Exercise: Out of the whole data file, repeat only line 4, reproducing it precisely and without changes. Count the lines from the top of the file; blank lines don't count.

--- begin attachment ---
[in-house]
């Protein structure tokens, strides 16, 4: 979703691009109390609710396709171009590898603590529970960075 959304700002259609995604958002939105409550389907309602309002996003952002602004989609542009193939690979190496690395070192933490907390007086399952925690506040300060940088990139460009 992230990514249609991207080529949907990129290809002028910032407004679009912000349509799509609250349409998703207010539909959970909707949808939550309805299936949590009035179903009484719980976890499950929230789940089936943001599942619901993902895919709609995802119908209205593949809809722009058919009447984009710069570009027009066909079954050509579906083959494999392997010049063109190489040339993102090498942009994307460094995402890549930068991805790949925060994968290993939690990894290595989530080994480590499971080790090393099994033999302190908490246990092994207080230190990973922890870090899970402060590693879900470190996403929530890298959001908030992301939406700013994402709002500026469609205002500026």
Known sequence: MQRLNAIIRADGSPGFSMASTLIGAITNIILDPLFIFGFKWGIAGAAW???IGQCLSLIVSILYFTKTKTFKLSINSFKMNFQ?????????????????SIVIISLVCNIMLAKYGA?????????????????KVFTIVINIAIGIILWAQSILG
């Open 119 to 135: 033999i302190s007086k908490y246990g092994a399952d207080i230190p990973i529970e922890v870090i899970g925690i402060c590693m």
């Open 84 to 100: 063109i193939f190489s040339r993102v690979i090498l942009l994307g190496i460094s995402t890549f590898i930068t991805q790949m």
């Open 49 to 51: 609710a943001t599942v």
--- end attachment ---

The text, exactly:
């Open 119 to 135: 033999i302190s007086k908490y246990g092994a399952d207080i230190p990973i529970e922890v870090i899970g925690i402060c590693m």